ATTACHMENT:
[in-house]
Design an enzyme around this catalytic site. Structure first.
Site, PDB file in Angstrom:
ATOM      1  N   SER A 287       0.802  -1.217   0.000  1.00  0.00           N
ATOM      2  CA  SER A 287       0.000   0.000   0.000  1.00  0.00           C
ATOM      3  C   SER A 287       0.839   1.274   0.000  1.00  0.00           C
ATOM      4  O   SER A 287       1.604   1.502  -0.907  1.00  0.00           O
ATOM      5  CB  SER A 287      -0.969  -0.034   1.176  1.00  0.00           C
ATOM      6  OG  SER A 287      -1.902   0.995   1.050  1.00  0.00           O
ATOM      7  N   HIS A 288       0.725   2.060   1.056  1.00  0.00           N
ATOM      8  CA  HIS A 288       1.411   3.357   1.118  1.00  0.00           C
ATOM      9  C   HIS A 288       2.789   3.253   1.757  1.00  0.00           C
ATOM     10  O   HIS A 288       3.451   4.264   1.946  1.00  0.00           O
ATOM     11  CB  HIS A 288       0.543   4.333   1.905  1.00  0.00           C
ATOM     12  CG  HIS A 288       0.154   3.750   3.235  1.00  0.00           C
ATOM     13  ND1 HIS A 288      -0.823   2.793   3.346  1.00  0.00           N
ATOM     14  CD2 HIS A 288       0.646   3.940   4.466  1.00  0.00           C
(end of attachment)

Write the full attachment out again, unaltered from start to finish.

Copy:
[in-house]
Design an enzyme around this catalytic site. Structure first.
Site, PDB file in Angstrom:
ATOM      1  N   SER A 287       0.802  -1.217   0.000  1.00  0.00           N
ATOM      2  CA  SER A 287       0.000   0.000   0.000  1.00  0.00           C
ATOM      3  C   SER A 287       0.839   1.274   0.000  1.00  0.00           C
ATOM      4  O   SER A 287       1.604   1.502  -0.907  1.00  0.00           O
ATOM      5  CB  SER A 287      -0.969  -0.034   1.176  1.00  0.00           C
ATOM      6  OG  SER A 287      -1.902   0.995   1.050  1.00  0.00           O
ATOM      7  N   HIS A 288       0.725   2.060   1.056  1.00  0.00           N
ATOM      8  CA  HIS A 288       1.411   3.357   1.118  1.00  0.00           C
ATOM      9  C   HIS A 288       2.789   3.253   1.757  1.00  0.00           C
ATOM     10  O   HIS A 288       3.451   4.264   1.946  1.00  0.00           O
ATOM     11  CB  HIS A 288       0.543   4.333   1.905  1.00  0.00           C
ATOM     12  CG  HIS A 288       0.154   3.750   3.235  1.00  0.00           C
ATOM     13  ND1 HIS A 288      -0.823   2.793   3.346  1.00  0.00           N
ATOM     14  CD2 HIS A 288       0.646   3.940   4.466  1.00  0.00           C